@b{double-float-epsilon}, and @b{long-float-epsilon} is 
the smallest positive @i{float} \epsilon of the given format, 
such that the following expression is @i{true} when evaluated:

@t{(not (= (float 1 \epsilon) (+ (float 1 \epsilon) \epsilon)))\/}

The value of each of the constants @b{short-float-negative-epsilon}, 
@b{single-float-negative-epsilon},
@b{double-float-negative-epsilon}, and  
@b{long-float-negative-epsilon} is the smallest positive
@i{float} \epsilon of the given format, such that the following
expression is @i{true} when evaluated:

@t{(not (= (float 1 \epsilon) (- (float 1 \epsilon) \epsilon)))\/}

@node arithmetic-error, arithmetic-error-operands, short-float-epsilon, Numbers Dictionary
@subsection arithmetic-error                                           [Condition Type]

@subsubheading  Class Precedence List::
@b{arithmetic-error},
@b{error},
@b{serious-condition},
@b{condition},
@b{t}

@subsubheading  Description::

The @i{type} @b{arithmetic-error} consists of error conditions
that occur during arithmetic operations.
The operation and operands are initialized with
the initialization arguments named @t{:operation} and @t{:operands} to @b{make-condition},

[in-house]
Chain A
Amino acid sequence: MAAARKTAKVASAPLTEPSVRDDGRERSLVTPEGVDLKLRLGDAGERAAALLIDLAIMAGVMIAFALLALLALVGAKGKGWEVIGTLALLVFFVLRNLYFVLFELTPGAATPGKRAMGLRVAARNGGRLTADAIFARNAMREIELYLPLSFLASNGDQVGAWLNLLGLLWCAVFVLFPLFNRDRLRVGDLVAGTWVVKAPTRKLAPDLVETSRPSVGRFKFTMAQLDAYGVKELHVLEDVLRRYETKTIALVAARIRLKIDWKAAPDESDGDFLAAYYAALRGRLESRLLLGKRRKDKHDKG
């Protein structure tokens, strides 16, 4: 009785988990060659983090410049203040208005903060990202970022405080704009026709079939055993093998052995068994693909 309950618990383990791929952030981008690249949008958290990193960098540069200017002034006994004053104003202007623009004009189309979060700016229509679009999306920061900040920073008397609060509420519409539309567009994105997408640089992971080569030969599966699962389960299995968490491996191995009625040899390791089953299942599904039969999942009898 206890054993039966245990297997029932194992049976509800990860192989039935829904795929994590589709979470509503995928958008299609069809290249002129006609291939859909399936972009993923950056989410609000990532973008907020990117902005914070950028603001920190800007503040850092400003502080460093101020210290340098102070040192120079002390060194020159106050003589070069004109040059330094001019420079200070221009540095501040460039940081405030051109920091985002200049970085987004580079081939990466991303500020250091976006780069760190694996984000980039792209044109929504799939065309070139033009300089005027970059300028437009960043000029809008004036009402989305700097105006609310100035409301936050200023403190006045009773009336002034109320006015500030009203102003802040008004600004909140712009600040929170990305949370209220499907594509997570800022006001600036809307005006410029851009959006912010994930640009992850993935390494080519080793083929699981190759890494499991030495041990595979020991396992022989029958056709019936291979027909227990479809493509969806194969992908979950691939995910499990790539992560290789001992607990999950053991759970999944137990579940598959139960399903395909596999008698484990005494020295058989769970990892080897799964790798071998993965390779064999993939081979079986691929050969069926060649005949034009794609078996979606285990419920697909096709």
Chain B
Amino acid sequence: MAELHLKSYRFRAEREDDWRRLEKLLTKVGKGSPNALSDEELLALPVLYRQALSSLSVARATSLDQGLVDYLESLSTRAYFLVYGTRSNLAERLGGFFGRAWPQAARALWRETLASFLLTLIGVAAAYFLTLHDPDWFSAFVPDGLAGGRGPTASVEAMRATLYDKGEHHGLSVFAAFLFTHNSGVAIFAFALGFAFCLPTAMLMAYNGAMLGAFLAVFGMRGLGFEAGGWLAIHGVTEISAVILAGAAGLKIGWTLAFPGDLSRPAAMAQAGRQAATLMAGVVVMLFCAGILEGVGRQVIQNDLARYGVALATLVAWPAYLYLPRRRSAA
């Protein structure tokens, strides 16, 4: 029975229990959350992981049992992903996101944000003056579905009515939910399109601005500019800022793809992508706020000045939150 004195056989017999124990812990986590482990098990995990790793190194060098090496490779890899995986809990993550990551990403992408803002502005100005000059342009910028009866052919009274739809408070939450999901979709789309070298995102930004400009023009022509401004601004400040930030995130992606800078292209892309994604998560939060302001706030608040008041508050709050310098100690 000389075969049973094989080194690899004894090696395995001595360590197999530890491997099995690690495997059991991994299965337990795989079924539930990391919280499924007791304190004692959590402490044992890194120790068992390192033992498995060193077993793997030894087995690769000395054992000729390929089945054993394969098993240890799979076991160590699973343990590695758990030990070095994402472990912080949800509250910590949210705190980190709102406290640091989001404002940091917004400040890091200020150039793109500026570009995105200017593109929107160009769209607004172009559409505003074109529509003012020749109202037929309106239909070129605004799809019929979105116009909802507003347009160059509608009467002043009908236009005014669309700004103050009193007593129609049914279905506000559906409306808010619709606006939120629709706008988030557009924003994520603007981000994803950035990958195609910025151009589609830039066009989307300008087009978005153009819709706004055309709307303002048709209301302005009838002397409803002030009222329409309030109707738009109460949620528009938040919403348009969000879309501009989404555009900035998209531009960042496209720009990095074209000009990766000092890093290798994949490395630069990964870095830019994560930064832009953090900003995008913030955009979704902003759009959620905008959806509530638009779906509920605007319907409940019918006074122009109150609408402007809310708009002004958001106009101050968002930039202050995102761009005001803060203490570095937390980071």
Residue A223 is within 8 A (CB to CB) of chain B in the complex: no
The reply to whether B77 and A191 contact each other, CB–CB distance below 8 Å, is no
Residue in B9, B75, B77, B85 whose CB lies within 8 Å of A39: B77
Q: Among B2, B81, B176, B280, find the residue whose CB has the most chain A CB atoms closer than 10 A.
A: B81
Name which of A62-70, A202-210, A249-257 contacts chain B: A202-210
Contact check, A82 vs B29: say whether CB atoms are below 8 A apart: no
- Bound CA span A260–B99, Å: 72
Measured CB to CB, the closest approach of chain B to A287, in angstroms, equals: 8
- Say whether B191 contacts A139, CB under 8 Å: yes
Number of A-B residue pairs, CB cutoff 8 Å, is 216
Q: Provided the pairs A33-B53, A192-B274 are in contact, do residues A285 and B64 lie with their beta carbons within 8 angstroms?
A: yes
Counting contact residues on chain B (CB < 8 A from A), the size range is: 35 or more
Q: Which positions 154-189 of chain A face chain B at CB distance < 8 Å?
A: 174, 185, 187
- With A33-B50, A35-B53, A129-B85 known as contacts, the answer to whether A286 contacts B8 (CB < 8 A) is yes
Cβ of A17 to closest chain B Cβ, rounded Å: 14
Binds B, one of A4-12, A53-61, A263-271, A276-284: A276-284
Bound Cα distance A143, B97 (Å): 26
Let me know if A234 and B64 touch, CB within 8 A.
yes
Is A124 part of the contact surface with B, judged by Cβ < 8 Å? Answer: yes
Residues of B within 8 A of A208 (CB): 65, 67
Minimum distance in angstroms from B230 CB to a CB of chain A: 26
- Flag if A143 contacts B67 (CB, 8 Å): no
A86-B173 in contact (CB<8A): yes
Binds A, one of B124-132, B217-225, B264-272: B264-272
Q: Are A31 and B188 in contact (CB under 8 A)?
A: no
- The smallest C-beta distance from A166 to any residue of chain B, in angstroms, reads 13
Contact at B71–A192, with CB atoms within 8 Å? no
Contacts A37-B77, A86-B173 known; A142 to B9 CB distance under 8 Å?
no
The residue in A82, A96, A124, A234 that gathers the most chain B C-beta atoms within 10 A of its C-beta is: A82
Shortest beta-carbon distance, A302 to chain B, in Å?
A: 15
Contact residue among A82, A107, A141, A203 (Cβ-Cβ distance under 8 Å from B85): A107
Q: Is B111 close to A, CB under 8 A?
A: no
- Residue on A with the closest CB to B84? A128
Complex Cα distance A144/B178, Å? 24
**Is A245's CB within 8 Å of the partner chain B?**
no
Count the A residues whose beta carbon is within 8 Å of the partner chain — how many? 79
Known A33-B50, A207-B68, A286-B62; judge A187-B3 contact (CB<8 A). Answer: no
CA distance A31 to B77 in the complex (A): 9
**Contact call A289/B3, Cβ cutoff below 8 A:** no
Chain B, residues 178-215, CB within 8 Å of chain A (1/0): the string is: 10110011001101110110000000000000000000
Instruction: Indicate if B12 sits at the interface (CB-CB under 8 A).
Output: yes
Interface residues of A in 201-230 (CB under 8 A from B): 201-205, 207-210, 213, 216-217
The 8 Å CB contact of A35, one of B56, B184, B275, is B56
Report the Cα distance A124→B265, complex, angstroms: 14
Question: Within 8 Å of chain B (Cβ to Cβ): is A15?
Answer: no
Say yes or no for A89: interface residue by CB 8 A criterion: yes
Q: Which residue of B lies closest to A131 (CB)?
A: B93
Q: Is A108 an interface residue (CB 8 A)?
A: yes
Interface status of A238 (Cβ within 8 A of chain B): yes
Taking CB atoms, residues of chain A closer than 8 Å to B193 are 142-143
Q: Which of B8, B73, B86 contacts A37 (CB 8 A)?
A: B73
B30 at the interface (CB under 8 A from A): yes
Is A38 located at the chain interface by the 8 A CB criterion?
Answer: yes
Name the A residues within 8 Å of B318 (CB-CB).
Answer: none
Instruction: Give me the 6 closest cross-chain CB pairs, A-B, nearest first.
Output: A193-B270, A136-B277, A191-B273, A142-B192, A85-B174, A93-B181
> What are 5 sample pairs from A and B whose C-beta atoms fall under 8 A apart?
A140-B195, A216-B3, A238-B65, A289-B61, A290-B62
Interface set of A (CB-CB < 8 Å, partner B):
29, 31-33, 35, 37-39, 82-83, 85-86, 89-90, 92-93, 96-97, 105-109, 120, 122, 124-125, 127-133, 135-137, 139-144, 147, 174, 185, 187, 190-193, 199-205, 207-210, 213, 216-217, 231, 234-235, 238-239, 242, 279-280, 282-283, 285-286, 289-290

and are @i{accessed} by
the functions @b{arithmetic-error-operation} and 
@b{arithmetic-error-operands}.

@subsubheading  See Also::

@b{arithmetic-error-operation}, 
@ref{arithmetic-error-operands; arithmetic-error-operation}

@node arithmetic-error-operands, division-by-zero, arithmetic-error, Numbers Dictionary
@subsection arithmetic-error-operands, arithmetic-error-operation            [Function]

@code{arithmetic-error-operands}  @i{condition} @result{}  @i{operands}

@code{arithmetic-error-operation}  @i{condition} @result{}  @i{operation}

@subsubheading  Arguments and Values::

@i{condition}---a @i{condition} of @i{type} @b{arithmetic-error}.

@i{operands}---a @i{list}.

@i{operation}---a @i{function designator}.

@subsubheading  Description::

@b{arithmetic-error-operands} returns a @i{list} of the operands 
which were used in the offending call to the operation that signaled 
the @i{condition}.

@b{arithmetic-error-operation} returns a @i{list} of 
the offending operation in the offending call that signaled the @i{condition}.

@subsubheading  See Also::

@b{arithmetic-error},
{@ref{Conditions}}

@subsubheading  Notes::

@node division-by-zero, floating-point-invalid-operation, arithmetic-error-operands, Numbers Dictionary
@subsection division-by-zero                                           [Condition Type]

@subsubheading  Class Precedence List::
@b{division-by-zero},
@b{arithmetic-error},
@b{error},
@b{serious-condition},
@b{condition},
@b{t}

@subsubheading  Description::